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# NCERT Solution - Probability Class 9 Notes | EduRev

## Class 9 : NCERT Solution - Probability Class 9 Notes | EduRev

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Class IX  Chapter 15 – Probability
Maths

Exercise 15.1 Question 1:
In a cricket math, a batswoman hits a boundary 6 times out of 30 balls she plays.
Find the probability that she did not hit a boundary.
Number of times the batswoman hits a boundary = 6
Total number of balls played = 30
Number of times that the batswoman does not hit a boundary = 30 - 6 = 24

Question 2:
1500 families with 2 children were selected randomly, and the following data were
recorded:
Number of girls in a family   2   1   0
Number of families   475   814   211
Compute the probability of a family, chosen at random, having
(i) 2 girls (ii) 1 girl (iii) No girl
Also check whether the sum of these probabilities is 1.
Page 2

Cbse-spot.blogspot.com
1

Class IX  Chapter 15 – Probability
Maths

Exercise 15.1 Question 1:
In a cricket math, a batswoman hits a boundary 6 times out of 30 balls she plays.
Find the probability that she did not hit a boundary.
Number of times the batswoman hits a boundary = 6
Total number of balls played = 30
Number of times that the batswoman does not hit a boundary = 30 - 6 = 24

Question 2:
1500 families with 2 children were selected randomly, and the following data were
recorded:
Number of girls in a family   2   1   0
Number of families   475   814   211
Compute the probability of a family, chosen at random, having
(i) 2 girls (ii) 1 girl (iii) No girl
Also check whether the sum of these probabilities is 1.
Cbse-spot.blogspot.com
2

Total number of families = 475 + 814 + 211
= 1500
(i) Number of families having 2 girls = 475

In a particular section of Class IX, 40 students were asked about the months of their
birth and the following graph was prepared for the data so obtained:
( ii )

Number of families having 1 girl = 814

Question 3:
(   iii) Number of families having no girl = 211

Therefore, the sum of all these probabilities is 1.
Page 3

Cbse-spot.blogspot.com
1

Class IX  Chapter 15 – Probability
Maths

Exercise 15.1 Question 1:
In a cricket math, a batswoman hits a boundary 6 times out of 30 balls she plays.
Find the probability that she did not hit a boundary.
Number of times the batswoman hits a boundary = 6
Total number of balls played = 30
Number of times that the batswoman does not hit a boundary = 30 - 6 = 24

Question 2:
1500 families with 2 children were selected randomly, and the following data were
recorded:
Number of girls in a family   2   1   0
Number of families   475   814   211
Compute the probability of a family, chosen at random, having
(i) 2 girls (ii) 1 girl (iii) No girl
Also check whether the sum of these probabilities is 1.
Cbse-spot.blogspot.com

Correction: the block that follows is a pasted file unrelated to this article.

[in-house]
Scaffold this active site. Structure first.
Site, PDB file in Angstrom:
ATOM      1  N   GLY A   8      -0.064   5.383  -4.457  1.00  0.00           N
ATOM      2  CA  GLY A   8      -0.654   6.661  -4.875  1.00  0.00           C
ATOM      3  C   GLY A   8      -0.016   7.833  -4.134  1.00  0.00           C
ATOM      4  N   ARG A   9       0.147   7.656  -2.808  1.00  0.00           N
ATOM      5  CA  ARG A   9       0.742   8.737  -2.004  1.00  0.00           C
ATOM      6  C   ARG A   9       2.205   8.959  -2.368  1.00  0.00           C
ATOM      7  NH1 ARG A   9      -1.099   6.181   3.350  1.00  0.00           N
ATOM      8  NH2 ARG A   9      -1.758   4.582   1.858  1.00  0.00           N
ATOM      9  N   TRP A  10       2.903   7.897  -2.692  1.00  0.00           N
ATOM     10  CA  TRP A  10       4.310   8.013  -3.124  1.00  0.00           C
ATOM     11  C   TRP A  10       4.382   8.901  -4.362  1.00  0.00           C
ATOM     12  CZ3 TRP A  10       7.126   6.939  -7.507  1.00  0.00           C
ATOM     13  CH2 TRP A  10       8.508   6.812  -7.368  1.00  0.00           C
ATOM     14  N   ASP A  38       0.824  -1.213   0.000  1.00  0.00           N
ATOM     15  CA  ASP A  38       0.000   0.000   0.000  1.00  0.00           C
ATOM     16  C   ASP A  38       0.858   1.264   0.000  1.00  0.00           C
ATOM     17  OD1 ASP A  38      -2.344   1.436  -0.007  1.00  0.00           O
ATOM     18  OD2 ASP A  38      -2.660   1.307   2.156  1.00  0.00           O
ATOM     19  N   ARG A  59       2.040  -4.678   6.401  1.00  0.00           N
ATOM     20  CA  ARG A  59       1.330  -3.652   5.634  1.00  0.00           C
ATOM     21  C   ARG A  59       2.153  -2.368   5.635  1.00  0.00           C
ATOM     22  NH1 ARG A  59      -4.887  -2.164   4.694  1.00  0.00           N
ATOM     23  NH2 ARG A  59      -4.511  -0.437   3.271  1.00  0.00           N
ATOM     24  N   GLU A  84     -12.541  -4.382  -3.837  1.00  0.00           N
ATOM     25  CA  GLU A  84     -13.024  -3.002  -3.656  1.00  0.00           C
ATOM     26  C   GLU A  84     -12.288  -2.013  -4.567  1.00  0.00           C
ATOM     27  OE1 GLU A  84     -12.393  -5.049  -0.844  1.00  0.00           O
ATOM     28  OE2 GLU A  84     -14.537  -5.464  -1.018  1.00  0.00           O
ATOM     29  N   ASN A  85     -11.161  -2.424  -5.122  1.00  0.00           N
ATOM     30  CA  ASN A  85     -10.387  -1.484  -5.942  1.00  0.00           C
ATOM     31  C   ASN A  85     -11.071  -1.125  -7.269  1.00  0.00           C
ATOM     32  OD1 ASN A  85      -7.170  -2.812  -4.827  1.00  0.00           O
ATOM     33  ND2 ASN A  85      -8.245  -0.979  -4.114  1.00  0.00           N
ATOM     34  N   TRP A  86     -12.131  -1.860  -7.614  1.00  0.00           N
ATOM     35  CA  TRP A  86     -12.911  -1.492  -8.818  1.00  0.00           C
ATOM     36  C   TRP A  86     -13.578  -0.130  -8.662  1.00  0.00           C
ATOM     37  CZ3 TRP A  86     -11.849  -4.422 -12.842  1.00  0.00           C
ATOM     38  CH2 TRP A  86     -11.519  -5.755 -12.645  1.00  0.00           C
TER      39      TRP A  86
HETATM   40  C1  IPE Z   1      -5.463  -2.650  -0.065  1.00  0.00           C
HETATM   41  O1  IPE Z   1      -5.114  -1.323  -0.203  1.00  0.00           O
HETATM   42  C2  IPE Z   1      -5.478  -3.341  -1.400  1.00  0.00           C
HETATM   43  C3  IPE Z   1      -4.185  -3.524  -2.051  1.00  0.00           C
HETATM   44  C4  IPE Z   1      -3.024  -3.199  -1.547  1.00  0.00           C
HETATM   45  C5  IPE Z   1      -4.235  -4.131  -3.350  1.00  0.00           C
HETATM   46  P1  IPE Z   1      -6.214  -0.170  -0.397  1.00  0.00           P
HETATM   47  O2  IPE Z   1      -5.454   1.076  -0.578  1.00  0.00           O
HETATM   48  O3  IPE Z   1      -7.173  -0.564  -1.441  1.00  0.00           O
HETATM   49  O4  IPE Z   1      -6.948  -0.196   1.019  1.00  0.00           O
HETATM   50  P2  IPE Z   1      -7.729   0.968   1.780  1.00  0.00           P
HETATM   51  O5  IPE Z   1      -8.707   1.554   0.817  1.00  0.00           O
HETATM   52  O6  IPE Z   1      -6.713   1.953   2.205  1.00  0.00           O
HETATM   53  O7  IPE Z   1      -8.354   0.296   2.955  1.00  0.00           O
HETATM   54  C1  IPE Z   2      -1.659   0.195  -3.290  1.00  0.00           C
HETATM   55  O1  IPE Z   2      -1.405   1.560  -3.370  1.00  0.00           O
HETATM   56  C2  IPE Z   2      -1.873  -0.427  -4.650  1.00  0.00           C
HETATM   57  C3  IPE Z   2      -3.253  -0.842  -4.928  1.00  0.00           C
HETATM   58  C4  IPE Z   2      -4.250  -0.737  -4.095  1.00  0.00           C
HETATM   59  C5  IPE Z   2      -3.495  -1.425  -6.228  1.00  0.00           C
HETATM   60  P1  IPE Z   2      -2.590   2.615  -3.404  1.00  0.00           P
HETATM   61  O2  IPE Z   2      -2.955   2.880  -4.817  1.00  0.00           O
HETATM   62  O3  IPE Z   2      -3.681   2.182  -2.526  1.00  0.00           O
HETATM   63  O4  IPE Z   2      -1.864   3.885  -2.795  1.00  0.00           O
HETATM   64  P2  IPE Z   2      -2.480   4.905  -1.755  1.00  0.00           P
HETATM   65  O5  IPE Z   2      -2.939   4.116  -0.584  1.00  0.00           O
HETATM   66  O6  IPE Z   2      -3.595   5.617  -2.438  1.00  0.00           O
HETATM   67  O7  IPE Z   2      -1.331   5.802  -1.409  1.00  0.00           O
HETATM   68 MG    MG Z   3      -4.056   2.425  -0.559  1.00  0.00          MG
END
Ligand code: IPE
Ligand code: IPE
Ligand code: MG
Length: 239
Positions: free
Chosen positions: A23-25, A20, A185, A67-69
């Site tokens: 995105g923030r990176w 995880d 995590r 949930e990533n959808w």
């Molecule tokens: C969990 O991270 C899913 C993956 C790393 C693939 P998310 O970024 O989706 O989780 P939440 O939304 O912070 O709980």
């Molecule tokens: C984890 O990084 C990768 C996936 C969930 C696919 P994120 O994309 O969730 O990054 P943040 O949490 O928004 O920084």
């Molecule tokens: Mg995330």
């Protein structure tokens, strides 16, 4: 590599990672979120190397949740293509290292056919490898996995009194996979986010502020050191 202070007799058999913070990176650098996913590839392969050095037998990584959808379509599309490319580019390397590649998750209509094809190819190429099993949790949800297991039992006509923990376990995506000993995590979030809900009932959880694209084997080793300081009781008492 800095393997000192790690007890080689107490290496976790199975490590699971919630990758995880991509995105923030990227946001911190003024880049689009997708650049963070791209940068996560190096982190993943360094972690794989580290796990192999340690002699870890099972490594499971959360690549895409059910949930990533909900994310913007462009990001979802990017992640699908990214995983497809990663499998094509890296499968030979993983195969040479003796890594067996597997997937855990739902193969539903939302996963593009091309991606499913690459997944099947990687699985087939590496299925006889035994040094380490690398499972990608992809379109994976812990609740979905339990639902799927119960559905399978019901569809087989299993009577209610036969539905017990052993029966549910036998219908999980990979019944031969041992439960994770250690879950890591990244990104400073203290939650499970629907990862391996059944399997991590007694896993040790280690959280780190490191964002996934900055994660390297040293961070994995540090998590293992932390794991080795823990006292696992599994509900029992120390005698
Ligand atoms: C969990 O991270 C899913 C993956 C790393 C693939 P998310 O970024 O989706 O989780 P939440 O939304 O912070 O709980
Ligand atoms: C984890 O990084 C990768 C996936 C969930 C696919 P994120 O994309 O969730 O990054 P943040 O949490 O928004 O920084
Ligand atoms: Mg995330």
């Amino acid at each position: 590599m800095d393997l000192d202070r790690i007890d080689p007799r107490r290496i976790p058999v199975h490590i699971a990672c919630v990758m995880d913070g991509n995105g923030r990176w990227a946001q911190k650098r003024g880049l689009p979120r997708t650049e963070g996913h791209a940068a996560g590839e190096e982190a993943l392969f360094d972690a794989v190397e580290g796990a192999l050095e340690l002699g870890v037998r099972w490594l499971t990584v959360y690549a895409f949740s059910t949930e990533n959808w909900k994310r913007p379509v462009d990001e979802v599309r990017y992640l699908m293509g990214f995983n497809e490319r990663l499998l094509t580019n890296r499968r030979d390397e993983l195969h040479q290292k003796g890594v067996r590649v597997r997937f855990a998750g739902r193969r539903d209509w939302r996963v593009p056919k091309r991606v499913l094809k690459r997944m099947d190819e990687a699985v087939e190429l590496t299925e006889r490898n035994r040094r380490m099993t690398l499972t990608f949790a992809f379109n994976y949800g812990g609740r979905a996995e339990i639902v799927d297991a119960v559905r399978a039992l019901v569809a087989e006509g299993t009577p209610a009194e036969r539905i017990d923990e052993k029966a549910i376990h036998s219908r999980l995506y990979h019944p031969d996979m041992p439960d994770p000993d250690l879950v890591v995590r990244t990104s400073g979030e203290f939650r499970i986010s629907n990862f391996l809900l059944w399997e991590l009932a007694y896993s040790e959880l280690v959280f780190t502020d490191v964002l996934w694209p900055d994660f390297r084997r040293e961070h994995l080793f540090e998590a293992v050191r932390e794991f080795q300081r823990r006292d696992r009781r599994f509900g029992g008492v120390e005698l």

2

Total number of families = 475 + 814 + 211
= 1500
(i) Number of families having 2 girls = 475

In a particular section of Class IX, 40 students were asked about the months of their
birth and the following graph was prepared for the data so obtained:
( ii )

Number of families having 1 girl = 814

Question 3:
(   iii) Number of families having no girl = 211

Therefore, the sum of all these probabilities is 1.
Cbse-spot.blogspot.com
3

Find the probability that a student of the class was born in August.

different outcomes:
Outcome
3
Frequency   23   72   77   28
If the three coins are simultaneously tossed again, compute the probability of 2 heads
coming up.
Number of times 2 heads come up = 72
Number of studen ts born in the month of August = 6

Three coins are tossed simultaneously 200 times with the following frequencies of
Total number of students = 40

Question 4:
Page 4

Cbse-spot.blogspot.com
1

Class IX  Chapter 15 – Probability
Maths

Exercise 15.1 Question 1:
In a cricket math, a batswoman hits a boundary 6 times out of 30 balls she plays.
Find the probability that she did not hit a boundary.
Number of times the batswoman hits a boundary = 6
Total number of balls played = 30
Number of times that the batswoman does not hit a boundary = 30 - 6 = 24

Question 2:
1500 families with 2 children were selected randomly, and the following data were
recorded:
Number of girls in a family   2   1   0
Number of families   475   814   211
Compute the probability of a family, chosen at random, having
(i) 2 girls (ii) 1 girl (iii) No girl
Also check whether the sum of these probabilities is 1.
Cbse-spot.blogspot.com
2

Total number of families = 475 + 814 + 211
= 1500
(i) Number of families having 2 girls = 475

In a particular section of Class IX, 40 students were asked about the months of their
birth and the following graph was prepared for the data so obtained:
( ii )

Number of families having 1 girl = 814

Question 3:
(   iii) Number of families having no girl = 211

Therefore, the sum of all these probabilities is 1.
Cbse-spot.blogspot.com
3

Find the probability that a student of the class was born in August.

different outcomes:
Outcome
3
Frequency   23   72   77   28